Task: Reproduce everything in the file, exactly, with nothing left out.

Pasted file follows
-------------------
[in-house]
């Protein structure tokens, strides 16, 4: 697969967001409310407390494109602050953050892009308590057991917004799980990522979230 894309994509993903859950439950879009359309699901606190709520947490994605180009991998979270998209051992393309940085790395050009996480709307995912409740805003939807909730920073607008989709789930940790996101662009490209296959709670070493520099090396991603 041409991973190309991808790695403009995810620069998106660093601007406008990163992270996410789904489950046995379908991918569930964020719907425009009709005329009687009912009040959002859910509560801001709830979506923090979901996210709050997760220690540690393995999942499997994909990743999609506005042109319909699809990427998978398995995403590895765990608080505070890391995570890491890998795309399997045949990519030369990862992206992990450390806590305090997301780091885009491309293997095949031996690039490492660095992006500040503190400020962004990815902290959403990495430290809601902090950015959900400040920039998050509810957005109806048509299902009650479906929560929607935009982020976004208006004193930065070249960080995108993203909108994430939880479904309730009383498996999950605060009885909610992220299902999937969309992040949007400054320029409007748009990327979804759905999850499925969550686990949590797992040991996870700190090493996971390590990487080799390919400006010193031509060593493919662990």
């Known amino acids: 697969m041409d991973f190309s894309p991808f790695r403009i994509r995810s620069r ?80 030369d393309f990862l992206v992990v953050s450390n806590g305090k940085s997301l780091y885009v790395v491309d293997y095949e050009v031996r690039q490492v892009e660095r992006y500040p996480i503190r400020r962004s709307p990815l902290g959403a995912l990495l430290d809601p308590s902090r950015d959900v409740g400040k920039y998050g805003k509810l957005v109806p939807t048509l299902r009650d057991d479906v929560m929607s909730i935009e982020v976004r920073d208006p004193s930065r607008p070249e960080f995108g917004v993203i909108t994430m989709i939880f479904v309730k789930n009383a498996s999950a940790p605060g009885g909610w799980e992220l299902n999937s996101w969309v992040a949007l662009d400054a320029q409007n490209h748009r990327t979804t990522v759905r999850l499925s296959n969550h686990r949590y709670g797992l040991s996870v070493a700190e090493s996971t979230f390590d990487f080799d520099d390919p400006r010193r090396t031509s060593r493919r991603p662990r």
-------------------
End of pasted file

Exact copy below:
[in-house]
């Protein structure tokens, strides 16, 4: 697969967001409310407390494109602050953050892009308590057991917004799980990522979230 894309994509993903859950439950879009359309699901606190709520947490994605180009991998979270998209051992393309940085790395050009996480709307995912409740805003939807909730920073607008989709789930940790996101662009490209296959709670070493520099090396991603 041409991973190309991808790695403009995810620069998106660093601007406008990163992270996410789904489950046995379908991918569930964020719907425009009709005329009687009912009040959002859910509560801001709830979506923090979901996210709050997760220690540690393995999942499997994909990743999609506005042109319909699809990427998978398995995403590895765990608080505070890391995570890491890998795309399997045949990519030369990862992206992990450390806590305090997301780091885009491309293997095949031996690039490492660095992006500040503190400020962004990815902290959403990495430290809601902090950015959900400040920039998050509810957005109806048509299902009650479906929560929607935009982020976004208006004193930065070249960080995108993203909108994430939880479904309730009383498996999950605060009885909610992220299902999937969309992040949007400054320029409007748009990327979804759905999850499925969550686990949590797992040991996870700190090493996971390590990487080799390919400006010193031509060593493919662990």
């Known amino acids: 697969m041409d991973f190309s894309p991808f790695r403009i994509r995810s620069r ?80 030369d393309f990862l992206v992990v953050s450390n806590g305090k940085s997301l780091y885009v790395v491309d293997y095949e050009v031996r690039q490492v892009e660095r992006y500040p996480i503190r400020r962004s709307p990815l902290g959403a995912l990495l430290d809601p308590s902090r950015d959900v409740g400040k920039y998050g805003k509810l957005v109806p939807t048509l299902r009650d057991d479906v929560m929607s909730i935009e982020v976004r920073d208006p004193s930065r607008p070249e960080f995108g917004v993203i909108t994430m989709i939880f479904v309730k789930n009383a498996s999950a940790p605060g009885g909610w799980e992220l299902n999937s996101w969309v992040a949007l662009d400054a320029q409007n490209h748009r990327t979804t990522v759905r999850l499925s296959n969550h686990r949590y709670g797992l040991s996870v070493a700190e090493s996971t979230f390590d990487f080799d520099d390919p400006r010193r090396t031509s060593r493919r991603p662990r």